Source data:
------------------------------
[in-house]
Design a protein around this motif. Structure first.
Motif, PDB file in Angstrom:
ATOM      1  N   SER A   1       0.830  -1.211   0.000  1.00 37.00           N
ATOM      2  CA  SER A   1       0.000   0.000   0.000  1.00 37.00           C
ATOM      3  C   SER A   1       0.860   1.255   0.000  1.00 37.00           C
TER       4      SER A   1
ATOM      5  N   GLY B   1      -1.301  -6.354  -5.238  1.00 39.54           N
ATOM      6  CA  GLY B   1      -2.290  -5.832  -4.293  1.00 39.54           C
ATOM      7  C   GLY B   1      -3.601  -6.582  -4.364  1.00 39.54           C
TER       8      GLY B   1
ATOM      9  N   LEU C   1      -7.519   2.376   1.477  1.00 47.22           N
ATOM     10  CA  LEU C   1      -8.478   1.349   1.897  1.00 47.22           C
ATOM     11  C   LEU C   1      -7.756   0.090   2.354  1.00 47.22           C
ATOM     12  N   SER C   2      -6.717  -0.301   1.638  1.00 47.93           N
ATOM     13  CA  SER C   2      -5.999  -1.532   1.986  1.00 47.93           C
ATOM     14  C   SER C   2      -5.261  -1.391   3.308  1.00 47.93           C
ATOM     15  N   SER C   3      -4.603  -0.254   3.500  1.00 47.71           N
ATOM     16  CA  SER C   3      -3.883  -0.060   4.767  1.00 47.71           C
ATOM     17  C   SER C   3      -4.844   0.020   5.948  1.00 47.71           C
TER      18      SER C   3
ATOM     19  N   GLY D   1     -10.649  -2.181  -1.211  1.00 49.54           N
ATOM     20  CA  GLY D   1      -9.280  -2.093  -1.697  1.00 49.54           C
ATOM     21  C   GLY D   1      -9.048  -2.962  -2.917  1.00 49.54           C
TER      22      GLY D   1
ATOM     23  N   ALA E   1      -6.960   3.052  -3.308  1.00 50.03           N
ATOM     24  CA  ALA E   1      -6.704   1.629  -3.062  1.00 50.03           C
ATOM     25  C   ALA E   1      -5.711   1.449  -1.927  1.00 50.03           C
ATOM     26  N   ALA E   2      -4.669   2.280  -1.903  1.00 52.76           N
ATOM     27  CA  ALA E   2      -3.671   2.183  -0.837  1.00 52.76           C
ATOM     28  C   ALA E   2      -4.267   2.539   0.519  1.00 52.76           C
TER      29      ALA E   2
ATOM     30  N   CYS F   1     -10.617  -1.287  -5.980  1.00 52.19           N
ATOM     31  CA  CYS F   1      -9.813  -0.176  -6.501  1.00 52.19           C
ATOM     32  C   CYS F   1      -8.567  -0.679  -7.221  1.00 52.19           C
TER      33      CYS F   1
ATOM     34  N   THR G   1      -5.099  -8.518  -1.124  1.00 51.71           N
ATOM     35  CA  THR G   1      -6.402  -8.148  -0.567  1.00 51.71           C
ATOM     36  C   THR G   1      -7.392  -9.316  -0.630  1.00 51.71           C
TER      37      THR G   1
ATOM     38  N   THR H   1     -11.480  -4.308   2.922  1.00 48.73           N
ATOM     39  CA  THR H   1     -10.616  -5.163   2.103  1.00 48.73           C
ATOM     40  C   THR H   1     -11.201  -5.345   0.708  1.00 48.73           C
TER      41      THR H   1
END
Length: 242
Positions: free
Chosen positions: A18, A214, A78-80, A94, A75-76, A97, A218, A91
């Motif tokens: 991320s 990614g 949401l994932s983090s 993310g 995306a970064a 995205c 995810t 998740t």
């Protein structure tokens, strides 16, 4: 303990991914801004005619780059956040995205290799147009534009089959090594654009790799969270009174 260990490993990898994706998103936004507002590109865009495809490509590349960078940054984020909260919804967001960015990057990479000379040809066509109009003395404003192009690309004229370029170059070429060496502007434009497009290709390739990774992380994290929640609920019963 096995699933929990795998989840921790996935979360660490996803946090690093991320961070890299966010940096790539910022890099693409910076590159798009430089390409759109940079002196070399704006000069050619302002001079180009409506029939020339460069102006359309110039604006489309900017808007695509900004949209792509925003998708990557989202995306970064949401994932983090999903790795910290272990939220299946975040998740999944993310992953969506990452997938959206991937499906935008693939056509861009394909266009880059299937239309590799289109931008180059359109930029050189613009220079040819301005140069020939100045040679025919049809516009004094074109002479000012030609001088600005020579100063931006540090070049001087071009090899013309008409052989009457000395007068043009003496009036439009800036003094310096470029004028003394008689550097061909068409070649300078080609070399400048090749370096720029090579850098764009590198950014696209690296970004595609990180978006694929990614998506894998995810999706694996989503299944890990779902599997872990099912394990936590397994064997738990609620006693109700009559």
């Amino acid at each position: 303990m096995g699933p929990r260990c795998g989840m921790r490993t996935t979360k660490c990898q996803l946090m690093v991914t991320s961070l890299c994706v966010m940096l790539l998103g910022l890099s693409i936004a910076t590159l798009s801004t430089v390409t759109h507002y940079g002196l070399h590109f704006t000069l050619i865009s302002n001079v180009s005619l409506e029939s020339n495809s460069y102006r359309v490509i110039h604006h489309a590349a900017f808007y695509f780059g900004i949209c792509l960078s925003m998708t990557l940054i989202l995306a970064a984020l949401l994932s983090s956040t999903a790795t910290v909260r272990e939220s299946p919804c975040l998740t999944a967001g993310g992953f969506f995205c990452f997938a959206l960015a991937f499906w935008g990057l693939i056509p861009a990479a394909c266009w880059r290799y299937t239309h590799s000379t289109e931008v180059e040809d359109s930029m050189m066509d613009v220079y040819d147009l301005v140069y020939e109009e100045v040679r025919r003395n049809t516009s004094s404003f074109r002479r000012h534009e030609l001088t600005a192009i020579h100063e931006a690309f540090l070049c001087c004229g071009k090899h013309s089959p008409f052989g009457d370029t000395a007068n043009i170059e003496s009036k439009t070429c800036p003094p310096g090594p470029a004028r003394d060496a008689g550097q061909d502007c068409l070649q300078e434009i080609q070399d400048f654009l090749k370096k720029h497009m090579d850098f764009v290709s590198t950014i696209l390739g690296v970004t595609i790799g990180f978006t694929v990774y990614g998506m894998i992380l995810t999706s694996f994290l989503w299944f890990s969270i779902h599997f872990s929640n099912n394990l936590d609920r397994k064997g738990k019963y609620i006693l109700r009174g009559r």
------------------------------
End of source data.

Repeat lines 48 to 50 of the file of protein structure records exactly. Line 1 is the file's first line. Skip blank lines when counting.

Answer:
Chosen positions: A18, A214, A78-80, A94, A75-76, A97, A218, A91
């Motif tokens: 991320s 990614g 949401l994932s983090s 993310g 995306a970064a 995205c 995810t 998740t």
């Protein structure tokens, strides 16, 4: 303990991914801004005619780059956040995205290799147009534009089959090594654009790799969270009174 260990490993990898994706998103936004507002590109865009495809490509590349960078940054984020909260919804967001960015990057990479000379040809066509109009003395404003192009690309004229370029170059070429060496502007434009497009290709390739990774992380994290929640609920019963 096995699933929990795998989840921790996935979360660490996803946090690093991320961070890299966010940096790539910022890099693409910076590159798009430089390409759109940079002196070399704006000069050619302002001079180009409506029939020339460069102006359309110039604006489309900017808007695509900004949209792509925003998708990557989202995306970064949401994932983090999903790795910290272990939220299946975040998740999944993310992953969506990452997938959206991937499906935008693939056509861009394909266009880059299937239309590799289109931008180059359109930029050189613009220079040819301005140069020939100045040679025919049809516009004094074109002479000012030609001088600005020579100063931006540090070049001087071009090899013309008409052989009457000395007068043009003496009036439009800036003094310096470029004028003394008689550097061909068409070649300078080609070399400048090749370096720029090579850098764009590198950014696209690296970004595609990180978006694929990614998506894998995810999706694996989503299944890990779902599997872990099912394990936590397994064997738990609620006693109700009559």